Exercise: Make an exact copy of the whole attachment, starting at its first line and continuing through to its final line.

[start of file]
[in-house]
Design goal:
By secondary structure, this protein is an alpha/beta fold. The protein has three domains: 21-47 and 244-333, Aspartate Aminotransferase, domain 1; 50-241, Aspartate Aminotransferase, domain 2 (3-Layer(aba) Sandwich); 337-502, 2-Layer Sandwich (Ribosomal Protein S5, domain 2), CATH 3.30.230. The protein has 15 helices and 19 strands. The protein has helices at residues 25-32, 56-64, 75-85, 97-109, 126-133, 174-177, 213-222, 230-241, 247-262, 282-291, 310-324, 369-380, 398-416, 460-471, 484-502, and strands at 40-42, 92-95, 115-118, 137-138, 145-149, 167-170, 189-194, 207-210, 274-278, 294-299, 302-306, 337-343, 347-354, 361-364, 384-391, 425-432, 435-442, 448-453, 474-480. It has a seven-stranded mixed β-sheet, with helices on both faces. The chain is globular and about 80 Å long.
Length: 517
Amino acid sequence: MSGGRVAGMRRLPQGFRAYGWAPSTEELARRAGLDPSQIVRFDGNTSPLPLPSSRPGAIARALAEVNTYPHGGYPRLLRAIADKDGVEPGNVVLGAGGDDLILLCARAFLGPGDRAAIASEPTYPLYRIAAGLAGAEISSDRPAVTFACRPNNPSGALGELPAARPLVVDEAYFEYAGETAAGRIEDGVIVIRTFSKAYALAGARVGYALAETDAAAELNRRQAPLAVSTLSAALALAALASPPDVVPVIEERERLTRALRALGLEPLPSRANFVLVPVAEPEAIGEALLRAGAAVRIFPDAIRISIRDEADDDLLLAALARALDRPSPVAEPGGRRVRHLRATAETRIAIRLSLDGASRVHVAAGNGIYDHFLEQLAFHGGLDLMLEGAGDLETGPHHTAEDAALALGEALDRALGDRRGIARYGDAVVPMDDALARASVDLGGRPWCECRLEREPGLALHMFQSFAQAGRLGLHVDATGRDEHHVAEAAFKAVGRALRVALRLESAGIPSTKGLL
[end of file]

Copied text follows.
[in-house]
Design goal:
By secondary structure, this protein is an alpha/beta fold. The protein has three domains: 21-47 and 244-333, Aspartate Aminotransferase, domain 1; 50-241, Aspartate Aminotransferase, domain 2 (3-Layer(aba) Sandwich); 337-502, 2-Layer Sandwich (Ribosomal Protein S5, domain 2), CATH 3.30.230. The protein has 15 helices and 19 strands. The protein has helices at residues 25-32, 56-64, 75-85, 97-109, 126-133, 174-177, 213-222, 230-241, 247-262, 282-291, 310-324, 369-380, 398-416, 460-471, 484-502, and strands at 40-42, 92-95, 115-118, 137-138, 145-149, 167-170, 189-194, 207-210, 274-278, 294-299, 302-306, 337-343, 347-354, 361-364, 384-391, 425-432, 435-442, 448-453, 474-480. It has a seven-stranded mixed β-sheet, with helices on both faces. The chain is globular and about 80 Å long.
Length: 517
Amino acid sequence: MSGGRVAGMRRLPQGFRAYGWAPSTEELARRAGLDPSQIVRFDGNTSPLPLPSSRPGAIARALAEVNTYPHGGYPRLLRAIADKDGVEPGNVVLGAGGDDLILLCARAFLGPGDRAAIASEPTYPLYRIAAGLAGAEISSDRPAVTFACRPNNPSGALGELPAARPLVVDEAYFEYAGETAAGRIEDGVIVIRTFSKAYALAGARVGYALAETDAAAELNRRQAPLAVSTLSAALALAALASPPDVVPVIEERERLTRALRALGLEPLPSRANFVLVPVAEPEAIGEALLRAGAAVRIFPDAIRISIRDEADDDLLLAALARALDRPSPVAEPGGRRVRHLRATAETRIAIRLSLDGASRVHVAAGNGIYDHFLEQLAFHGGLDLMLEGAGDLETGPHHTAEDAALALGEALDRALGDRRGIARYGDAVVPMDDALARASVDLGGRPWCECRLEREPGLALHMFQSFAQAGRLGLHVDATGRDEHHVAEAAFKAVGRALRVALRLESAGIPSTKGLL